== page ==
This edited volume emphasizes an intersectional approach to its autoethnographies, exploring the tangled relationship between culture and communication.
The Household and the Making of History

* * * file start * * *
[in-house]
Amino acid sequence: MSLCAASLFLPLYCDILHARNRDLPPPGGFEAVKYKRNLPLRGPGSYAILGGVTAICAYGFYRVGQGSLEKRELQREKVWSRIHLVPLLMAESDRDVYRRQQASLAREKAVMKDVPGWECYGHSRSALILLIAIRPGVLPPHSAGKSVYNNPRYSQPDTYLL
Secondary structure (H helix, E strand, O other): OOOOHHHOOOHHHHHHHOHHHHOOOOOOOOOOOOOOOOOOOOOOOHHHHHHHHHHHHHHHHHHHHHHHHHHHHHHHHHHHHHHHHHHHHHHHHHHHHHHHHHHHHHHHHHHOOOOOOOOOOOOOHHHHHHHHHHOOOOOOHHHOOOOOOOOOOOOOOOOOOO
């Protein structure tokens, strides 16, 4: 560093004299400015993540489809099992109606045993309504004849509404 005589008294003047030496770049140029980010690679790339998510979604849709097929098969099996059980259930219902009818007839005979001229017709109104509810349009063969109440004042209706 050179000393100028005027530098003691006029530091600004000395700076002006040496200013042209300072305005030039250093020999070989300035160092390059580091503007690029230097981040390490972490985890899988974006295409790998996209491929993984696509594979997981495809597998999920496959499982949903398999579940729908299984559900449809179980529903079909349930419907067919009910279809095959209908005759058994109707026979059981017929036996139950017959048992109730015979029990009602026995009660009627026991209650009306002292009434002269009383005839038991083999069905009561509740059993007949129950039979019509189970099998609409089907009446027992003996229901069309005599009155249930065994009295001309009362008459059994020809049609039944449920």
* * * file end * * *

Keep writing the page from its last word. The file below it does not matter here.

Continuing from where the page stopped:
This book argues that a unique late marriage pattern, discovered in the 1960s but originating in the Middle Ages, explains the continuing puzzle of why western Europe was the site of changes that, from about 1500, gave rise to the modern world. Contrary to views that credit upheavals from the late eighteenth century were reponsible for ushering in the contemporary global era, it contends that the roots of modern developments themselves are located in an event more than a millennium earlier, when the peasants in northwestern Europe began to marry their daughters almost as late as their sons. The appearance of this late marriage system, with its unstable nuclear household form, will also be shown to have exposed for the first time the common ingredients whose presence has perpetuated beliefs in the importance of gender difference and of a sexual hierarchy favoring males.